Ramdev`s eviction gives govt nightmares
The crackdown on Baba Ramdev drew sharp attacks from opposition ranks.
New Delhi: The government battled a major onslaught from the opposition and civil society Sunday after ordering a midnight crackdown on popular yoga guru Baba Ramdev, who hardened his stand against corruption after being forcibly evicted from the capital amid chaos.
A defiant Ramdev, who began an indefinite hunger strike Saturday morning at Delhi`s Ramlila ground, vowed to continue his protest after being sent back to his ashram at Hardwar.
From political parties of the Left to Right to Bollywood twitterati, there was bitter criticism of the vicious police action on Ramdev and his army of supporters that left 100 men and women in hospital, many critically injured.
To register his own protest against the way Ramdev was treated, Gandhian activist Anna Hazre announced a day`s hunger strike here June 8 and said he and his colleagues would boycott Monday`s meeting of a panel meant to draft a Lokpal bill to check corruption in high places.
As the opposition singled out Prime Minister Manmohan Singh and Congress president Sonia Gandhi for condemnation, cabinet ministers and Delhi Police went on the backfoot, trying to justify the decision to physically remove Ramdev.
"This is a black day in Indian history," thundered Gujarat Chief Minister Narendra Modi, echoing the sentiments of an enraged Bharatiya Janata Party (BJP) leadership.
BJP leader Arun Jaitley was livid: "Can`t people protest peacefully?" "This is state terrorism," said an indignant Ramdev aide, Vedprakash Vaidik.
The government hit back. Human Resource Development Miniter Kapil Sibal, who until Saturday evening had been talking to Ramdev, said Sunday that he was a front for the Rashtriya Swayamsevak Sangh (RSS).
"Today it has become clear that he is another face of the RSS," said a combative Sibal. "What we have done is right." Police have ordered Ramdev not to enter Delhi for a fortnight.
While Congress general secretary Digvijay Singh called Ramdev a "thug", government ministers accused him of trying to whip up passions, necessitating the crackdown.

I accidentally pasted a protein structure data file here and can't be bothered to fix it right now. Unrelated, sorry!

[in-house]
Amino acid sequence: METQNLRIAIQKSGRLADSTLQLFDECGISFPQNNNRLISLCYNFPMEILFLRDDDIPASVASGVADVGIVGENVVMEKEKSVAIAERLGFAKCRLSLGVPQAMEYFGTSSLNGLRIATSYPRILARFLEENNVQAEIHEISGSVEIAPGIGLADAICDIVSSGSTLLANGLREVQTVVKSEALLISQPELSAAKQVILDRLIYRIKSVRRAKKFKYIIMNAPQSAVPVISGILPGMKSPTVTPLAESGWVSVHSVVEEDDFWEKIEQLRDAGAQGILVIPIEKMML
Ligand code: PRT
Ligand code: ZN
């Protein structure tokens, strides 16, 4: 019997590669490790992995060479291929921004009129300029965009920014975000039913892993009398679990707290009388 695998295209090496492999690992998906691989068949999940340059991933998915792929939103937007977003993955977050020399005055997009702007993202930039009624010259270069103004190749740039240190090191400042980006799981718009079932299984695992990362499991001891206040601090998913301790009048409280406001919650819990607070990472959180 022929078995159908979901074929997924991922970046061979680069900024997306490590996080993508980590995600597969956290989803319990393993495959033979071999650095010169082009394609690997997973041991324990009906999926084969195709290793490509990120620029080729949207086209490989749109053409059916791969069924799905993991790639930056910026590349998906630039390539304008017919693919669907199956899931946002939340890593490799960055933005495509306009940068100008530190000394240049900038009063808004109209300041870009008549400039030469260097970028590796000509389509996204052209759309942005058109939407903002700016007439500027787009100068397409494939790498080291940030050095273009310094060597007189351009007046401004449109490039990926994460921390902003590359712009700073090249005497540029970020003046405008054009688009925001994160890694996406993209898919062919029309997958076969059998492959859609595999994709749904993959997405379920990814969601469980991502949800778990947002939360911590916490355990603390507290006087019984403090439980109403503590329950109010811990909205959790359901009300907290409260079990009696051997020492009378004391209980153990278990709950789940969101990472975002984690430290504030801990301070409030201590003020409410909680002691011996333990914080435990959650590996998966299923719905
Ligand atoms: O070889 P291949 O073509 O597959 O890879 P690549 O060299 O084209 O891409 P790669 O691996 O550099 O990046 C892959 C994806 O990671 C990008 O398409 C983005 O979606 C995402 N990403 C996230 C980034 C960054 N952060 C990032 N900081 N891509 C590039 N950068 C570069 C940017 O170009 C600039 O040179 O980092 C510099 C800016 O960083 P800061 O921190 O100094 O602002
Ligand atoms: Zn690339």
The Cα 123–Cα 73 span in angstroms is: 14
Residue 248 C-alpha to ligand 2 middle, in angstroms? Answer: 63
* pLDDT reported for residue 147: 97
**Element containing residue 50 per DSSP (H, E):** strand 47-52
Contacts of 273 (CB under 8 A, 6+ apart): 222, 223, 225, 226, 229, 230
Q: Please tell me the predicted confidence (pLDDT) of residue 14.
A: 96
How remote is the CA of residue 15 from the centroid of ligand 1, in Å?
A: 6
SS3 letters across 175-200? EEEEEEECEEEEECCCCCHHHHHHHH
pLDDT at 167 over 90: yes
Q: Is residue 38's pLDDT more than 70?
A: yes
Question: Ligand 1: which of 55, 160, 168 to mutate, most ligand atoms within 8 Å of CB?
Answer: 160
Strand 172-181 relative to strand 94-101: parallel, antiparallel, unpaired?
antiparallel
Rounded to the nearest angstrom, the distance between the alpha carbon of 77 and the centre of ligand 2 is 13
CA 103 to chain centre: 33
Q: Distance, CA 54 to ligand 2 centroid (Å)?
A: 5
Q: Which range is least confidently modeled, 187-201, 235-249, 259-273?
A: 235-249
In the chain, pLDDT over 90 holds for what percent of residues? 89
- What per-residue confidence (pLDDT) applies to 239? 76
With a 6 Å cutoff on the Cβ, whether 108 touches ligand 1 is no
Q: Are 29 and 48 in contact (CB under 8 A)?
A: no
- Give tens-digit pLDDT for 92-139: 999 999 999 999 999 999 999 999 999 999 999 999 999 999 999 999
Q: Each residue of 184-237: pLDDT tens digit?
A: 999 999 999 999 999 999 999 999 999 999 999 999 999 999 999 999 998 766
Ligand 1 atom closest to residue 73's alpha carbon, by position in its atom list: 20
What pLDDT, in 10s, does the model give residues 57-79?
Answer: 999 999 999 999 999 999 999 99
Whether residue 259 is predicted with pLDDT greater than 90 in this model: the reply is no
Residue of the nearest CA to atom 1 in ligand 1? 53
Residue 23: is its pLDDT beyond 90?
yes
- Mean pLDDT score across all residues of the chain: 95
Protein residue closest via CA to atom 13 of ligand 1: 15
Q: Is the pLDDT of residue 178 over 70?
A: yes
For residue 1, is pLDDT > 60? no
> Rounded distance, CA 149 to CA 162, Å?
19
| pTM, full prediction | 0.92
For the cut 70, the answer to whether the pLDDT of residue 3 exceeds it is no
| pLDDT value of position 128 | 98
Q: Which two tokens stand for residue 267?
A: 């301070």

Back in Hardwar, Ramdev appeared twice to speak in public, the first time teary eyed and aggressive hours later.
"Had they requested us to cancel our fast, we would have done that. But the way they manhandled me and the people is a stigma on Indian democracy," said Ramdev.
He accused the government of going back on its promises made during talks with ministers. "They wanted to kidnap, kill me, or send me somewhere," he said.
Ramdev vowed to continue his fast. "My fast has not ended."
It all began after midnight Saturday when hundreds of Delhi Police and Rapid Action Force personnel descended on the sprawling Ramlila ground and tried to seize the 46-year-old Ramdev, a cult figure for his mastery of yoga.
Ramdev was on hunger strike to ask the government to take measures to check corruption and bring back money stashed abroad by Indians. Thousands joined him, coming from all parts of India.
In a bid to evade police, Ramdev jumped from the stage and ran into the crowds. And although he repeatedly appealed to his supporters not to take to violence, clashes broke out.
As police used bamboo sticks to push off people from the stage, hitting people repeatedly, Ramdev supporters armed themselves with iron rods and fire extinguishers.
Some hurled stones at the police, creating more mayhem. Policemen threw back the stones. The carefully set up sound system collapsed. In no time, three or four minor fires gripped the stage.
Hundreds who had been sleeping until then and were taken aback by the onslaught fled in panic, leaving behind books, bags, slippers and clothes. Within two hours, the Ramlila ground resembled a war zone.
"What happened here was barbaric," said a former Indian Navy officer.
The injured included a woman who was paralyzed after being hit on her spinal cord and two young men whose skull bones had cracked.
Apart from political parties -- the BJP, Samajwadi Party, Bahujan Samaj Party, Telugu Desam Party and the Communists -- the government took flak from Gandhian activist Hazare, whose five-day fast in April forced New Delhi to set up a panel to draft a tough Lokpal bill to check corruption.
"We condemn this action. This is a blot on humanity," said Hazare. "We have decided we will organise a day`s fast on June 8."
Urging Indians across the country to follow suit, he said: "Wherever you may be, you may stage a fast. And pray to god to give wisdom to this government."